Mike.McCarty at sbcglobal.net
Wed Feb 3 16:37:29 PST 2010
Ken Moffat wrote:
> If you know what you think you want, and they are in BLFS,
Yes, Step 0 is make a list of what I want. The descriptions
of each of the "packages" in the book are spare. Sometimes,
I'm not sure just what a package brings to the table. An example of
that is autofs. The text appears to state that it is used
to do automated NFS mounts, which I neither need nor want. In
fact, I haven't built NFS into my system. However, it hints
that it may be useful for automounting of CD-ROMs, which I
do want, but then discounts that somewhat by stating that HAL
usually handles that. So, without more research on my part,
or someone adding to the book, I just don't know what autofs
even is. It's hard to decide whether one wants something without
being certain one knows what it is.
Some of it, I'm sure I don't want, like vim, for which I have
a not so cordial dislike, but which I will probably go ahead
and install until I get the system far enough along to install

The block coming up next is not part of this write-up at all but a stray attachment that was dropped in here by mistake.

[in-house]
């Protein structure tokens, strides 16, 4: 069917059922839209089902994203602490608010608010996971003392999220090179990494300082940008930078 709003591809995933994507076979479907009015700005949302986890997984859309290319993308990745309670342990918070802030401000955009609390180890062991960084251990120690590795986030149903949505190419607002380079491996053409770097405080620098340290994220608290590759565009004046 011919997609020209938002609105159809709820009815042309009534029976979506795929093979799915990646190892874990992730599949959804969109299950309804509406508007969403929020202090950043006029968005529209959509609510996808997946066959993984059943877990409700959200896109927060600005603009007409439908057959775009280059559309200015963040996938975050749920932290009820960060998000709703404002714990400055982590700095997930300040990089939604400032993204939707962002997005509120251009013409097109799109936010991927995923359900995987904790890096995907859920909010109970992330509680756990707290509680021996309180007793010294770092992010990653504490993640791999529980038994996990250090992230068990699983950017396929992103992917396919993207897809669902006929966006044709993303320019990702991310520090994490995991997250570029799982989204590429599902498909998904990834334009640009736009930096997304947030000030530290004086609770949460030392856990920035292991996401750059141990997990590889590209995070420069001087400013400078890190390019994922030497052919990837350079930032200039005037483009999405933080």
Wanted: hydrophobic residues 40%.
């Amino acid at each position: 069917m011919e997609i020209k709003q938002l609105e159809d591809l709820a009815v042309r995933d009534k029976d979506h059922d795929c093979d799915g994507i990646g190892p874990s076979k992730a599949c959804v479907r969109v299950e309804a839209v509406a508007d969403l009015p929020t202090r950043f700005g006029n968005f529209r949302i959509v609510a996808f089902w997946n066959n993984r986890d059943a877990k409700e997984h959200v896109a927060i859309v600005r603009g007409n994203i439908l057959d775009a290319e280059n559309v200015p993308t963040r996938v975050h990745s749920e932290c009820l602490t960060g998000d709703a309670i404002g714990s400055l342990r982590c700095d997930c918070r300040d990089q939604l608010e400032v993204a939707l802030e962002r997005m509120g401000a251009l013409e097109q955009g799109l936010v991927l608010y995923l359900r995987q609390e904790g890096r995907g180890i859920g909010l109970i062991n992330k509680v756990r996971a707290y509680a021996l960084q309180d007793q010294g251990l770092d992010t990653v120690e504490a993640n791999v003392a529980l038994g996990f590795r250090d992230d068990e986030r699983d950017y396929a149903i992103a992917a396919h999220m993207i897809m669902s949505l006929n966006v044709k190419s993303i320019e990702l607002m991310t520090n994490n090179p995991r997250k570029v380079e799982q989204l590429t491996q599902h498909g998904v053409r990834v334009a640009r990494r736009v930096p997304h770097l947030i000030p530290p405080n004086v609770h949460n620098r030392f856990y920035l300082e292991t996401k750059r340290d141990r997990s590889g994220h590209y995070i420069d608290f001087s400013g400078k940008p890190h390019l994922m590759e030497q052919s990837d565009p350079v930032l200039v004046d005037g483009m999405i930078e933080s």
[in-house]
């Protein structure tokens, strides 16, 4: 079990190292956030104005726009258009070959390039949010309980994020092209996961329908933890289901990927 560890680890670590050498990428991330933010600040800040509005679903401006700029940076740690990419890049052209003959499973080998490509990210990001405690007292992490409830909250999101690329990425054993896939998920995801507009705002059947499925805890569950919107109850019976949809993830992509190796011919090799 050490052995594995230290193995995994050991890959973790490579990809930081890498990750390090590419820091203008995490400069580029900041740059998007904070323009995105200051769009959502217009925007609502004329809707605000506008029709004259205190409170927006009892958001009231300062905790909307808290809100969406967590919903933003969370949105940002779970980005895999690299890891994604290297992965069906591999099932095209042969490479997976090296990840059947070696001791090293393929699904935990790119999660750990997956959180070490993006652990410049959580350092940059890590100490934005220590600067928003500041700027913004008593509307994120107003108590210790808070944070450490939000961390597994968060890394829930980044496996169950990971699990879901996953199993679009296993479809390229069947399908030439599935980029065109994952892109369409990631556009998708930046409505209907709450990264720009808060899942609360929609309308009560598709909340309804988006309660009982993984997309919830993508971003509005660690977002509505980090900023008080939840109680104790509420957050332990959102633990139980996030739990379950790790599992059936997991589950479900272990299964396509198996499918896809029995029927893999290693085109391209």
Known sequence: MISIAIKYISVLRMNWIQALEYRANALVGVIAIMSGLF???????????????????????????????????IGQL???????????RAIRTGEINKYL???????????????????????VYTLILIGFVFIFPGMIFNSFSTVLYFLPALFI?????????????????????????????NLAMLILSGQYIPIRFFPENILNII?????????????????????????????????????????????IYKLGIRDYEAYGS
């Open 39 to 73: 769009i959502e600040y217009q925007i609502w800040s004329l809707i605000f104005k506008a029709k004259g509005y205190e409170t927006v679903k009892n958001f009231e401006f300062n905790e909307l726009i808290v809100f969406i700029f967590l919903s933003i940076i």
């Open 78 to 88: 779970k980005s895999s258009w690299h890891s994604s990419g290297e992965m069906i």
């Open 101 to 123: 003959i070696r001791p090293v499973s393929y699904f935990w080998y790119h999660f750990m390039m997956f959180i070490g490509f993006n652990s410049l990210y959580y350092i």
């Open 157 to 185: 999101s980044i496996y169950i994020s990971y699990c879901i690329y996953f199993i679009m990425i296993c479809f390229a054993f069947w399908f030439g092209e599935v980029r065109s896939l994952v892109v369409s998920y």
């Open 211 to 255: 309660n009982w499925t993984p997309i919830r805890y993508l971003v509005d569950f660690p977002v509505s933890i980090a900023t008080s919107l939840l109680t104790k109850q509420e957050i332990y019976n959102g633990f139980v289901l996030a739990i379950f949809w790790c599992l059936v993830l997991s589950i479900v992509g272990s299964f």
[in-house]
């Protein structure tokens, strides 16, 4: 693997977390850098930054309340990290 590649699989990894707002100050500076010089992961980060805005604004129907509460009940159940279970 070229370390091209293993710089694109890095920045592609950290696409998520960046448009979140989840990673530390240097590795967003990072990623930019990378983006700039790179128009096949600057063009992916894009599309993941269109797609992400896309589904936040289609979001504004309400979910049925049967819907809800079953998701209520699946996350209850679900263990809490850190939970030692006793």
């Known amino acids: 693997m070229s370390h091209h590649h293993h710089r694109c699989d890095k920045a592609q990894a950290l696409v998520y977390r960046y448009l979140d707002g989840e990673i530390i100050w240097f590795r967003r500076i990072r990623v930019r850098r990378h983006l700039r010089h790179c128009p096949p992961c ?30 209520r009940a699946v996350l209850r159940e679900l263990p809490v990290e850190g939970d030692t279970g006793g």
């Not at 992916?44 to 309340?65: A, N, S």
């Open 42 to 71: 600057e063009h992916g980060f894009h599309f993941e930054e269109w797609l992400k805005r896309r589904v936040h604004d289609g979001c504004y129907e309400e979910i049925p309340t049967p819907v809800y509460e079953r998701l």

what I would prefer, which is not in BLFS. That may take some
portage on my part. Also, it's difficult to know what other
parts may really depend in a hidden way on vim (or something
like it) to edit various configuration files.
I encountered that with my host distro, when I killed emacs
(which I also dislike; why do editor writers think that if the
executable image is less than 4MB, they haven't put enough
into it yet?) and found that chunks of the system wouldn't work
properly, so I had to reinstall it. For example, "info" broke. Now,
I don't care much for "info", but some of the stuff comes
with the man page only saying "see info", so there ya go.
I suspect, however, that BLFS has much less of these hidden
dependencies, and more of them revealed.
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